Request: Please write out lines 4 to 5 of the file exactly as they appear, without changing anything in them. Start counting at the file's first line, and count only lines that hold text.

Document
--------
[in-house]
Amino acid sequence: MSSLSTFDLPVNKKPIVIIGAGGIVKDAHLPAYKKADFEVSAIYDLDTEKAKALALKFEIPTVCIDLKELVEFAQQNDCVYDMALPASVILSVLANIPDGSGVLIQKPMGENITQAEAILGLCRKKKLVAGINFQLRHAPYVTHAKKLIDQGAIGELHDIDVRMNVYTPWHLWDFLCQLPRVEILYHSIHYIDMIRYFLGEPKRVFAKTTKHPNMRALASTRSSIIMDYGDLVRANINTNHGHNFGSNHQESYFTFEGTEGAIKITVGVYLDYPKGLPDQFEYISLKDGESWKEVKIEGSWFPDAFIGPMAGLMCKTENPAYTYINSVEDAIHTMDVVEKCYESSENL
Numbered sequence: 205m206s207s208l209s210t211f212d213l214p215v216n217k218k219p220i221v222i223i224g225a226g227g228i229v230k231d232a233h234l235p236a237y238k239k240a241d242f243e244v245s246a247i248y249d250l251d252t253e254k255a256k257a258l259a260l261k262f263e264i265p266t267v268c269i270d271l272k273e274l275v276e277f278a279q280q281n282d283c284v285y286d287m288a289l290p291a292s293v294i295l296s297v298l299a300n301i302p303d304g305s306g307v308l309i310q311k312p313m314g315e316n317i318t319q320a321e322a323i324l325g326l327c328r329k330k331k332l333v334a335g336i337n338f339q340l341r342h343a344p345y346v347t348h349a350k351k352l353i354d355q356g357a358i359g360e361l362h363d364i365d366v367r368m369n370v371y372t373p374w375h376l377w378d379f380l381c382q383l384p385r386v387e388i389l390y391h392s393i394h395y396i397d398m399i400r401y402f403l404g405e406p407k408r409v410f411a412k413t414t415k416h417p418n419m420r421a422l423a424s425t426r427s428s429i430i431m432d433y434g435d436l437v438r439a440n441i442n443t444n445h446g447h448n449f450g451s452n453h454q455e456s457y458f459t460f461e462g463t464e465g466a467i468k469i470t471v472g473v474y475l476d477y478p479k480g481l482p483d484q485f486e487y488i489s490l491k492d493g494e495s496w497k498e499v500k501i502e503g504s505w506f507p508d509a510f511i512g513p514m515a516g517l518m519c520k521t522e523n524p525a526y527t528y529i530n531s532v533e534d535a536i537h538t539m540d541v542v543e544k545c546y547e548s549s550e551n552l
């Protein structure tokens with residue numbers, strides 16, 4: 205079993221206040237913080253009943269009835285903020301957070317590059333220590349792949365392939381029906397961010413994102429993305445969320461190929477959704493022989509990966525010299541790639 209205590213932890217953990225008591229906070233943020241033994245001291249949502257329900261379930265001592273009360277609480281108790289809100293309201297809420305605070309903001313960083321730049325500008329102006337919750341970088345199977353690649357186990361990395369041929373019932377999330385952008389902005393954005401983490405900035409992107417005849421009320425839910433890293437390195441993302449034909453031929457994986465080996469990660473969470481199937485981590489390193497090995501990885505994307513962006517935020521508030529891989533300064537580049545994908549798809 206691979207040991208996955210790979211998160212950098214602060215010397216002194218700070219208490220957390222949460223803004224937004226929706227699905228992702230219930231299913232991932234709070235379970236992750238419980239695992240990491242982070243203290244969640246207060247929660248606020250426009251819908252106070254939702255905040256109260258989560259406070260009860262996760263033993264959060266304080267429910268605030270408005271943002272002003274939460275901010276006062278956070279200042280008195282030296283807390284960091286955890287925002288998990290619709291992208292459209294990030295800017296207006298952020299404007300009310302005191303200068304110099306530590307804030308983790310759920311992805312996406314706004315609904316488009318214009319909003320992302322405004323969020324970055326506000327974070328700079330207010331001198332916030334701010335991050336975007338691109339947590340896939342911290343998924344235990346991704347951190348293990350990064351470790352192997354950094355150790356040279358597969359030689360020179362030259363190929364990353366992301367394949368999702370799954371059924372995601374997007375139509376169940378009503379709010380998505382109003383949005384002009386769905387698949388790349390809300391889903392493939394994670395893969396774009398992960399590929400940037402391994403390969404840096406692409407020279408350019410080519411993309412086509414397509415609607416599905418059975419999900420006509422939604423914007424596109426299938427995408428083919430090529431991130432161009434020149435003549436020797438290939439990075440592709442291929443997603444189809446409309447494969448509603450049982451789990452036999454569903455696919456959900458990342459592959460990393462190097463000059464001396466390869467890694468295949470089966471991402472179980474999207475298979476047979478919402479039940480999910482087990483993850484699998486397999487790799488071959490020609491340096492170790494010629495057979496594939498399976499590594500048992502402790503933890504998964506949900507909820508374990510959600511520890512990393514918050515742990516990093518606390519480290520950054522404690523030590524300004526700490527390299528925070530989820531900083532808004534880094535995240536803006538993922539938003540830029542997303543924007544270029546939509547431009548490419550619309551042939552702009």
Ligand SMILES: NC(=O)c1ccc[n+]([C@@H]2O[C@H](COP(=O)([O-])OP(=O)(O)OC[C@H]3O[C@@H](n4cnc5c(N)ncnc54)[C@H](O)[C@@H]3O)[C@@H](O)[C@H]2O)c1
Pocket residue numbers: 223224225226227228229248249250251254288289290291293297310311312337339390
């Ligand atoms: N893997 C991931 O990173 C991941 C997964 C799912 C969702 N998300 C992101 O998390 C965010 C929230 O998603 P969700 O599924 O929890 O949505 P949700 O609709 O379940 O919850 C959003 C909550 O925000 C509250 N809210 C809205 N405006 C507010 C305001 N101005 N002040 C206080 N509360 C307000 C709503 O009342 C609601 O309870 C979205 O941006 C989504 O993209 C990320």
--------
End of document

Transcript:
């Protein structure tokens with residue numbers, strides 16, 4: 205079993221206040237913080253009943269009835285903020301957070317590059333220590349792949365392939381029906397961010413994102429993305445969320461190929477959704493022989509990966525010299541790639 209205590213932890217953990225008591229906070233943020241033994245001291249949502257329900261379930265001592273009360277609480281108790289809100293309201297809420305605070309903001313960083321730049325500008329102006337919750341970088345199977353690649357186990361990395369041929373019932377999330385952008389902005393954005401983490405900035409992107417005849421009320425839910433890293437390195441993302449034909453031929457994986465080996469990660473969470481199937485981590489390193497090995501990885505994307513962006517935020521508030529891989533300064537580049545994908549798809 206691979207040991208996955210790979211998160212950098214602060215010397216002194218700070219208490220957390222949460223803004224937004226929706227699905228992702230219930231299913232991932234709070235379970236992750238419980239695992240990491242982070243203290244969640246207060247929660248606020250426009251819908252106070254939702255905040256109260258989560259406070260009860262996760263033993264959060266304080267429910268605030270408005271943002272002003274939460275901010276006062278956070279200042280008195282030296283807390284960091286955890287925002288998990290619709291992208292459209294990030295800017296207006298952020299404007300009310302005191303200068304110099306530590307804030308983790310759920311992805312996406314706004315609904316488009318214009319909003320992302322405004323969020324970055326506000327974070328700079330207010331001198332916030334701010335991050336975007338691109339947590340896939342911290343998924344235990346991704347951190348293990350990064351470790352192997354950094355150790356040279358597969359030689360020179362030259363190929364990353366992301367394949368999702370799954371059924372995601374997007375139509376169940378009503379709010380998505382109003383949005384002009386769905387698949388790349390809300391889903392493939394994670395893969396774009398992960399590929400940037402391994403390969404840096406692409407020279408350019410080519411993309412086509414397509415609607416599905418059975419999900420006509422939604423914007424596109426299938427995408428083919430090529431991130432161009434020149435003549436020797438290939439990075440592709442291929443997603444189809446409309447494969448509603450049982451789990452036999454569903455696919456959900458990342459592959460990393462190097463000059464001396466390869467890694468295949470089966471991402472179980474999207475298979476047979478919402479039940480999910482087990483993850484699998486397999487790799488071959490020609491340096492170790494010629495057979496594939498399976499590594500048992502402790503933890504998964506949900507909820508374990510959600511520890512990393514918050515742990516990093518606390519480290520950054522404690523030590524300004526700490527390299528925070530989820531900083532808004534880094535995240536803006538993922539938003540830029542997303543924007544270029546939509547431009548490419550619309551042939552702009």
Ligand SMILES: NC(=O)c1ccc[n+]([C@@H]2O[C@H](COP(=O)([O-])OP(=O)(O)OC[C@H]3O[C@@H](n4cnc5c(N)ncnc54)[C@H](O)[C@@H]3O)[C@@H](O)[C@H]2O)c1